Saturday, December 31, 2011

Book Review: The House of Wittgenstein

This is a review of The House of Wittgenstein: A Family at War by Alexander Waugh.

This book traces the lives of four generations from the late nineteenth century to the early twenty-first. During this time: a great fortune was made in trade, real estate, and industry; a pianist lost his right arm but continued to perform at a world-class level of proficiency; a philosopher rose to international prominence; the family evaded Nazi persecution.

Some of the most interesting material for me concerns war time. For example, Paul was taken as a POW by the Russians during The Great War and was held at the krepostnaia katorga at Omsk. He was allowed to send letters home, but his letters do not describe the conditions for which the prison camp was infamous. Waugh notes that the Russians censored outbound letters and anyway many prisoners wanted to avoid worrying their families or felt shame for having been captured. Interestingly, the Austro-Hungarian Kriegsüberwachungsamt was censoring inbound mail:

Letters have been received lately from our prisoners of war in enemy countries. In some of these letters the writers describe life in captivity in a very favorable light. The spreading of such news among the troops and recruits is undesirable. The military censors are therefore to be instructed that such letters of our prisoners of war as may, by their contents, exercise an injurious influence are to be confiscated and not to be delivered to their addressees. [p. 75]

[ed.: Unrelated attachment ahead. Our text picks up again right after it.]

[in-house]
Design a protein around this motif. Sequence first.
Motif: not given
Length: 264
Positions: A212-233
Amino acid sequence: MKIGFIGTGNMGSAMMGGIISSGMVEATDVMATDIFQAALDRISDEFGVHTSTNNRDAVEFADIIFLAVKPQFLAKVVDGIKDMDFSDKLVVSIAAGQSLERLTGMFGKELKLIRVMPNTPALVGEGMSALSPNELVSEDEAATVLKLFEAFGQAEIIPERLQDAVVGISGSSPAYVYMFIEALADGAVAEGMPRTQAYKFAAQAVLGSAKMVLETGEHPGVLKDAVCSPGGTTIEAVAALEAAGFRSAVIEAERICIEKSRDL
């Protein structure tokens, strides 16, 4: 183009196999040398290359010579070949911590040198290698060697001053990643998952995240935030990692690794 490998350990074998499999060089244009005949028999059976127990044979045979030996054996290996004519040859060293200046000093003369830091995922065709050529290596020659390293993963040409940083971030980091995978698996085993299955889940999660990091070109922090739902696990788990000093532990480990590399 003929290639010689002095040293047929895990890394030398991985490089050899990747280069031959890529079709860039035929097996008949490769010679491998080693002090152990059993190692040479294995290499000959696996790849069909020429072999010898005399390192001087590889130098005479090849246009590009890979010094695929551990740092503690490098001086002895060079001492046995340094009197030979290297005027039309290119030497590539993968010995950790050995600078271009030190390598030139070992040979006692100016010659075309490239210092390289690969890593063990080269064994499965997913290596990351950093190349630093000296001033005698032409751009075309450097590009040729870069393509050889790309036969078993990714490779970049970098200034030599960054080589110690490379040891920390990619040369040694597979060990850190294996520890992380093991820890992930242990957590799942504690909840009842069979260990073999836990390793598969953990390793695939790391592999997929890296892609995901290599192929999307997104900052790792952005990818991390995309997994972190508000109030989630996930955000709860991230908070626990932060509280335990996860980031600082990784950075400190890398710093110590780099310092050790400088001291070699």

The Austro-Hungarian government funded the war by printing money and consequently there was severe inflation during the twenties; "by August 1922 paper money was virtually worthless as consumer prices rose to a level 14,000 times higher than they had been before the war" [p. 128]. Trade embargoes further hampered commerce with the result that 96% of Austrian children were malnourished [ibid]. For the Wittgensteins, this led to conflicts between siblings about philanthropic and investment decisions.

It is pretty interesting to see how the Wittgenstein's understanding of the Nazis developed during WWII. Initially they supported the Heimwehr austrofascists against the Nazis in opposition of Anschluss, socialism, "exaggerated racial theories," and "a semi-pagan German national religion". When the Germans invaded, the Wittgensteins were frustrated in their attempt to sell some art abroad and annoyed by the new administration's insistence that they fly the Nazi flag over their palais, but they did not fear for their personal safety until later. They seem to have underestimated the sincerity of Nazi leaders with respect to racial rhetoric. In fact, their immense wealth and political connections outside the Reich did save them from the concentration camps even as strategic and tactical disagreements irreparably inflamed tensions among siblings.

This extraordinary group of people during an extraordinary period of time makes for an engaging narrative. It is competently written and my impression is that it is well-researched, but I certainly read it with variable velocity and interest. I recommend this book to those who are interested in the economic and political history of early twentieth century Europe, and curious about seeing those events through the perspective of one prominent family.

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